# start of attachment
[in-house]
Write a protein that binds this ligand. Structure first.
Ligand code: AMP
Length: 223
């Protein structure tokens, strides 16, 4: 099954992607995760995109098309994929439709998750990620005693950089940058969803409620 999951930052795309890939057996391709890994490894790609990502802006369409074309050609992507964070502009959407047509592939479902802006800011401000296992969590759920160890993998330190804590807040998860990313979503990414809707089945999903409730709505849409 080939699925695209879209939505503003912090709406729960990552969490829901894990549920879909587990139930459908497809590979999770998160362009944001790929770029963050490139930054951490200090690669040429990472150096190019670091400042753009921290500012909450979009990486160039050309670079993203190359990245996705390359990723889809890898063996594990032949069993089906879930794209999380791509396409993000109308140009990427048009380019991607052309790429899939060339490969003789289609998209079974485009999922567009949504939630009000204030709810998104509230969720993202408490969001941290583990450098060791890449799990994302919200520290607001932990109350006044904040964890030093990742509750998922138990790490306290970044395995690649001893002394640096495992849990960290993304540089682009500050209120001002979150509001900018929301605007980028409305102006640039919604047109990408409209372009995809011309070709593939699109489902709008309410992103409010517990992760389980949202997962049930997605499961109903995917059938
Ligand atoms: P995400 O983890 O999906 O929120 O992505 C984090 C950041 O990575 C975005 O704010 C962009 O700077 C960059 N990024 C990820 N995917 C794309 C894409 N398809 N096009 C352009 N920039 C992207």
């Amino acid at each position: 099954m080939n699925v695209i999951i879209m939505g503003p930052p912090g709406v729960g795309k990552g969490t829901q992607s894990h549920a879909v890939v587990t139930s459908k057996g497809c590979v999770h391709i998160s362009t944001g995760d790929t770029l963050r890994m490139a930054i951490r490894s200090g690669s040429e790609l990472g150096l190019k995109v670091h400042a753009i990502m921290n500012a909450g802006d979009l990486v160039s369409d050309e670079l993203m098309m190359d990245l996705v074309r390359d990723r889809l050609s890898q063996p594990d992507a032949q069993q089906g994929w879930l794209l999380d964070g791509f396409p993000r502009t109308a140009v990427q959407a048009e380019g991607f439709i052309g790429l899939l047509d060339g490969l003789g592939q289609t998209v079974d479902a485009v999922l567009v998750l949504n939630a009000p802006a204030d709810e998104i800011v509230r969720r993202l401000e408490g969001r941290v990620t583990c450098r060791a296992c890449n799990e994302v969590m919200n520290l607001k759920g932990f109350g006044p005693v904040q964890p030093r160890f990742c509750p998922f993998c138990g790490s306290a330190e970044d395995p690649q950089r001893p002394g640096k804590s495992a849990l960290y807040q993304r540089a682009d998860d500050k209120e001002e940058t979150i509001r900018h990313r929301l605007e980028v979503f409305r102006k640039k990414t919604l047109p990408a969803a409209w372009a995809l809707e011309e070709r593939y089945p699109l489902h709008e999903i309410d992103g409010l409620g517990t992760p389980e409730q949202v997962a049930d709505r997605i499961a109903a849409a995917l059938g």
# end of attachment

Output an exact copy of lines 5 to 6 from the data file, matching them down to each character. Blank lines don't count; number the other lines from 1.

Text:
């Protein structure tokens, strides 16, 4: 099954992607995760995109098309994929439709998750990620005693950089940058969803409620 999951930052795309890939057996391709890994490894790609990502802006369409074309050609992507964070502009959407047509592939479902802006800011401000296992969590759920160890993998330190804590807040998860990313979503990414809707089945999903409730709505849409 080939699925695209879209939505503003912090709406729960990552969490829901894990549920879909587990139930459908497809590979999770998160362009944001790929770029963050490139930054951490200090690669040429990472150096190019670091400042753009921290500012909450979009990486160039050309670079993203190359990245996705390359990723889809890898063996594990032949069993089906879930794209999380791509396409993000109308140009990427048009380019991607052309790429899939060339490969003789289609998209079974485009999922567009949504939630009000204030709810998104509230969720993202408490969001941290583990450098060791890449799990994302919200520290607001932990109350006044904040964890030093990742509750998922138990790490306290970044395995690649001893002394640096495992849990960290993304540089682009500050209120001002979150509001900018929301605007980028409305102006640039919604047109990408409209372009995809011309070709593939699109489902709008309410992103409010517990992760389980949202997962049930997605499961109903995917059938
Ligand atoms: P995400 O983890 O999906 O929120 O992505 C984090 C950041 O990575 C975005 O704010 C962009 O700077 C960059 N990024 C990820 N995917 C794309 C894409 N398809 N096009 C352009 N920039 C992207």